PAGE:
It's hard to claim, based on the ISCS data, that increased security measures have failed at preventing school violence. But Mohamed Ahmed captures the negative externality of increased school security. It seems almost inevitable that students should face the misapplication of school security measures by educators and law enforcement officials. Some legal scholars have argued that, not unlike increased security in the aftermath of 9/11, the criminalization of the schoolyard has serious ramifications for students' Fourth Amendment rights. "Zero tolerance started out as a term that was used in combating drug trafficking and it became a term that is now used widely when you're referring to some very punitive school discipline measures," Deborah Fowler, deputy director of legal rights group Texas Appleseed, told the Guardian in 2012. "Those two policy worlds became conflated with each other. What we see often is a real overreaction to behavior that others would generally think of as just childish misbehavior rather than law breaking."

There's also a problem of simply derailing an education: How many students have their futures marred by an inexplicable arrest on their permanent record? "The increase in the presence of law enforcement in schools, especially in the form of school resource officers (SROs) has coincided with increases in referrals to the justice system, especially for minor offenses like disorderly conduct," observed Justice Policy Institute senior researcher Amanda Petteruti in a 2011 report on the rise of police in schools. "This is causing lasting harm to youth, as arrests and referrals to the juvenile justice system disrupt the educational process and can lead to suspension, expulsion, or other alienation from school. All of these negative effects set youth on a track to drop out of school and put them at greater risk of becoming involved in the justice system later on." In a time when the Justice Department has compared the school-to-prison pipeline to modern-day racial segregation, this should give school administrators pause. After all, the JPI report shows that zero-tolerance policies disproportionately affect students of color:

(Chart: Justice Policy Institute)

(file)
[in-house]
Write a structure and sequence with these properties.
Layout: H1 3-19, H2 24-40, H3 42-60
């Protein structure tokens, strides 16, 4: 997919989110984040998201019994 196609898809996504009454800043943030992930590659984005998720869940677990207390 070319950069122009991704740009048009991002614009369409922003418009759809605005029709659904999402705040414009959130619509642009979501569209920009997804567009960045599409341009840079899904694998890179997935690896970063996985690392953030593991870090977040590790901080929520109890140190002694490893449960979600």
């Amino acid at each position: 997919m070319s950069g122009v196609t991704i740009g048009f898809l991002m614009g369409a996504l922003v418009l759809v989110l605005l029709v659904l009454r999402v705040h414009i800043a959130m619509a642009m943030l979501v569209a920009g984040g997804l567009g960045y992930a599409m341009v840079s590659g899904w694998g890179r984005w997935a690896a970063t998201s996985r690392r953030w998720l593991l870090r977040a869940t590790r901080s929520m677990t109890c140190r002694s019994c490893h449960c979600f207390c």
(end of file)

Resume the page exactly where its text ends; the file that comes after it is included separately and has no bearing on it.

(Chart: Justice Policy Institute)

There are also more immediate consequences. The Guardian reports that the assorted fines, often around $500, doled out for absurd violations of school codes of conduct, can be "crippling" for low-income families—not unlike the bail bond system that's been used to keep innocent people in prison for days at a time. “Some parents and students ignore the financial penalty, but that can have consequences years down the road,” the Guardian reports. “Schoolchildren with outstanding fines are regularly jailed in an adult prison for non-payment once they turn 17. Stumping up the fine is not an end to the offending student's problems either. A class-C misdemeanor is a criminal offense.”It's impossible to argue that arrest of Ahmed Mohamed doesn't reflect a very real strain of Islamophobia that flows through post-9/11 American society—especially given the circumstances of his interrogation by police—but that's not all his story represents. It's a collision of post-9/11 Islamophobia and post-Columbine anxiety over school safety, expressed through the draconian criminalization of childhood experimentation and hijinks rather than, say, better checks on handguns. Sure, these systems appear to work in discouraging violence in schools (United States v. Lopez lives!), but at what costs to innocent students and their potential futures? And why is there no system of accountability to hold school administrators and law enforcement officials accountable for their misapplication of the law?

Since news of his arrest vent viral, #IStandWithAhmed has become a symbol of outrage over the budding engineer's unjust treatment. But perhaps more than many other solidarity tags, we can relate to this one more. Anyone who's gone to school in the U.S. in the past two decades, public or private, has likely had some brush with the paranoia and anxiety that seems to have overtaken reason in the case of school security. If you don't like things like this, you can change it: After all, all local politics begins with the school board.